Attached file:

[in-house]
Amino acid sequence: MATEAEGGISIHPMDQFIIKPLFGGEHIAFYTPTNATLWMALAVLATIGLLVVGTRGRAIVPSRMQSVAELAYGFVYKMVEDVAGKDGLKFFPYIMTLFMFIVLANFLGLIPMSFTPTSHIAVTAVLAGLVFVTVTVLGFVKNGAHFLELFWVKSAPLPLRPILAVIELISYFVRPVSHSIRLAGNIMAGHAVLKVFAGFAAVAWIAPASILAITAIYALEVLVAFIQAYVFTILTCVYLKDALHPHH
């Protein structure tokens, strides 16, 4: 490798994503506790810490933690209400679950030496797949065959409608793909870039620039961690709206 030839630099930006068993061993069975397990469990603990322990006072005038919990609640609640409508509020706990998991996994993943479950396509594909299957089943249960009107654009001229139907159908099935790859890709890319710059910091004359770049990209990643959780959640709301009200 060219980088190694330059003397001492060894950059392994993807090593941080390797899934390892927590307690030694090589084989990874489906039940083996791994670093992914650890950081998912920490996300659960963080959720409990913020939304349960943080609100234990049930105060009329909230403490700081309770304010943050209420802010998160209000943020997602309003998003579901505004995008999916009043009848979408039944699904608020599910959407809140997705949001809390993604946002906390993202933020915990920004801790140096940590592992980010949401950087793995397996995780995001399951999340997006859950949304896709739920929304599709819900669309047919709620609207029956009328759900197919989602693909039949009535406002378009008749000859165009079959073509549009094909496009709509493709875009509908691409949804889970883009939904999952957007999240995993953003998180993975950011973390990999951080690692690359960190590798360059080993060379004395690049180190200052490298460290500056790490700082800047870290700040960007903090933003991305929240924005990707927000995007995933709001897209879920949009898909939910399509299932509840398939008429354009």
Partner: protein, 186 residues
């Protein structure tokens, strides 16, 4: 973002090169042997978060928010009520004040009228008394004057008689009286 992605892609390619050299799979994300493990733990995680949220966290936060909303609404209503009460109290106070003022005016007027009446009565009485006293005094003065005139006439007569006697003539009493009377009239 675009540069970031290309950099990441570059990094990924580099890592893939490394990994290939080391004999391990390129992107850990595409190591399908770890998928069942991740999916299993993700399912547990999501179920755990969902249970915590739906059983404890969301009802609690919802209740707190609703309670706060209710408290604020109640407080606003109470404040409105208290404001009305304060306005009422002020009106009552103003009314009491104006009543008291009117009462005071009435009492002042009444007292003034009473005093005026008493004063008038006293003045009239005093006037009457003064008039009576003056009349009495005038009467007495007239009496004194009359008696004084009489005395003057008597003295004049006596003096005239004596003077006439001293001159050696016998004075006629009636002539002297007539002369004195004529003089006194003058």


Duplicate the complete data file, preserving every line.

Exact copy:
[in-house]
Amino acid sequence: MATEAEGGISIHPMDQFIIKPLFGGEHIAFYTPTNATLWMALAVLATIGLLVVGTRGRAIVPSRMQSVAELAYGFVYKMVEDVAGKDGLKFFPYIMTLFMFIVLANFLGLIPMSFTPTSHIAVTAVLAGLVFVTVTVLGFVKNGAHFLELFWVKSAPLPLRPILAVIELISYFVRPVSHSIRLAGNIMAGHAVLKVFAGFAAVAWIAPASILAITAIYALEVLVAFIQAYVFTILTCVYLKDALHPHH
């Protein structure tokens, strides 16, 4: 490798994503506790810490933690209400679950030496797949065959409608793909870039620039961690709206 030839630099930006068993061993069975397990469990603990322990006072005038919990609640609640409508509020706990998991996994993943479950396509594909299957089943249960009107654009001229139907159908099935790859890709890319710059910091004359770049990209990643959780959640709301009200 060219980088190694330059003397001492060894950059392994993807090593941080390797899934390892927590307690030694090589084989990874489906039940083996791994670093992914650890950081998912920490996300659960963080959720409990913020939304349960943080609100234990049930105060009329909230403490700081309770304010943050209420802010998160209000943020997602309003998003579901505004995008999916009043009848979408039944699904608020599910959407809140997705949001809390993604946002906390993202933020915990920004801790140096940590592992980010949401950087793995397996995780995001399951999340997006859950949304896709739920929304599709819900669309047919709620609207029956009328759900197919989602693909039949009535406002378009008749000859165009079959073509549009094909496009709509493709875009509908691409949804889970883009939904999952957007999240995993953003998180993975950011973390990999951080690692690359960190590798360059080993060379004395690049180190200052490298460290500056790490700082800047870290700040960007903090933003991305929240924005990707927000995007995933709001897209879920949009898909939910399509299932509840398939008429354009």
Partner: protein, 186 residues
């Protein structure tokens, strides 16, 4: 973002090169042997978060928010009520004040009228008394004057008689009286 992605892609390619050299799979994300493990733990995680949220966290936060909303609404209503009460109290106070003022005016007027009446009565009485006293005094003065005139006439007569006697003539009493009377009239 675009540069970031290309950099990441570059990094990924580099890592893939490394990994290939080391004999391990390129992107850990595409190591399908770890998928069942991740999916299993993700399912547990999501179920755990969902249970915590739906059983404890969301009802609690919802209740707190609703309670706060209710408290604020109640407080606003109470404040409105208290404001009305304060306005009422002020009106009552103003009314009491104006009543008291009117009462005071009435009492002042009444007292003034009473005093005026008493004063008038006293003045009239005093006037009457003064008039009576003056009349009495005038009467007495007239009496004194009359008696004084009489005395003057008597003295004049006596003096005239004596003077006439001293001159050696016998004075006629009636002539002297007539002369004195004529003089006194003058």